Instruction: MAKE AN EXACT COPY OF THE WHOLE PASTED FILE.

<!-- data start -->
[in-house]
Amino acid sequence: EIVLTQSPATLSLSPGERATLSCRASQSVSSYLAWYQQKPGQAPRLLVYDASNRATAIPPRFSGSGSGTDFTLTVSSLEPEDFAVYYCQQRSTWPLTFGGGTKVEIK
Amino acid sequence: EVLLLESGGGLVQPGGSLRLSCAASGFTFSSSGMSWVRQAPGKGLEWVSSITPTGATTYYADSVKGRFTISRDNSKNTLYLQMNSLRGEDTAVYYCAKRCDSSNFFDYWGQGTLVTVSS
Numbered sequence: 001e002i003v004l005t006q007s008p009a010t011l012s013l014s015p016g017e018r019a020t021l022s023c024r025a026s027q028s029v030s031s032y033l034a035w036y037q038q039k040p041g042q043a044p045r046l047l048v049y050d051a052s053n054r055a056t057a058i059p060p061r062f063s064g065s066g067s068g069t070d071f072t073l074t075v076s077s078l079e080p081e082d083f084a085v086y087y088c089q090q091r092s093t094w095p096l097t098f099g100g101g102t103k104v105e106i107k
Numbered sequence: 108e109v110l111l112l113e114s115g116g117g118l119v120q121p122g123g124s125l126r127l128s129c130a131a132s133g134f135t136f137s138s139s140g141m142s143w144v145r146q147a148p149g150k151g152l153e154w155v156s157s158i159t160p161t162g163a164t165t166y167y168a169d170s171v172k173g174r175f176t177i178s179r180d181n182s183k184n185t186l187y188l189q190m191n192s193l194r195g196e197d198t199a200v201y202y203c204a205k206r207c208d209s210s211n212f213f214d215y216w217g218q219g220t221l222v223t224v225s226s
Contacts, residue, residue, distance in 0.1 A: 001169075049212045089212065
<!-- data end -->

[in-house]
Amino acid sequence: EIVLTQSPATLSLSPGERATLSCRASQSVSSYLAWYQQKPGQAPRLLVYDASNRATAIPPRFSGSGSGTDFTLTVSSLEPEDFAVYYCQQRSTWPLTFGGGTKVEIK
Amino acid sequence: EVLLLESGGGLVQPGGSLRLSCAASGFTFSSSGMSWVRQAPGKGLEWVSSITPTGATTYYADSVKGRFTISRDNSKNTLYLQMNSLRGEDTAVYYCAKRCDSSNFFDYWGQGTLVTVSS
Numbered sequence: 001e002i003v004l005t006q007s008p009a010t011l012s013l014s015p016g017e018r019a020t021l022s023c024r025a026s027q028s029v030s031s032y033l034a035w036y037q038q039k040p041g042q043a044p045r046l047l048v049y050d051a052s053n054r055a056t057a058i059p060p061r062f063s064g065s066g067s068g069t070d071f072t073l074t075v076s077s078l079e080p081e082d083f084a085v086y087y088c089q090q091r092s093t094w095p096l097t098f099g100g101g102t103k104v105e106i107k
Numbered sequence: 108e109v110l111l112l113e114s115g116g117g118l119v120q121p122g123g124s125l126r127l128s129c130a131a132s133g134f135t136f137s138s139s140g141m142s143w144v145r146q147a148p149g150k151g152l153e154w155v156s157s158i159t160p161t162g163a164t165t166y167y168a169d170s171v172k173g174r175f176t177i178s179r180d181n182s183k184n185t186l187y188l189q190m191n192s193l194r195g196e197d198t199a200v201y202y203c204a205k206r207c208d209s210s211n212f213f214d215y216w217g218q219g220t221l222v223t224v225s226s
Contacts, residue, residue, distance in 0.1 A: 001169075049212045089212065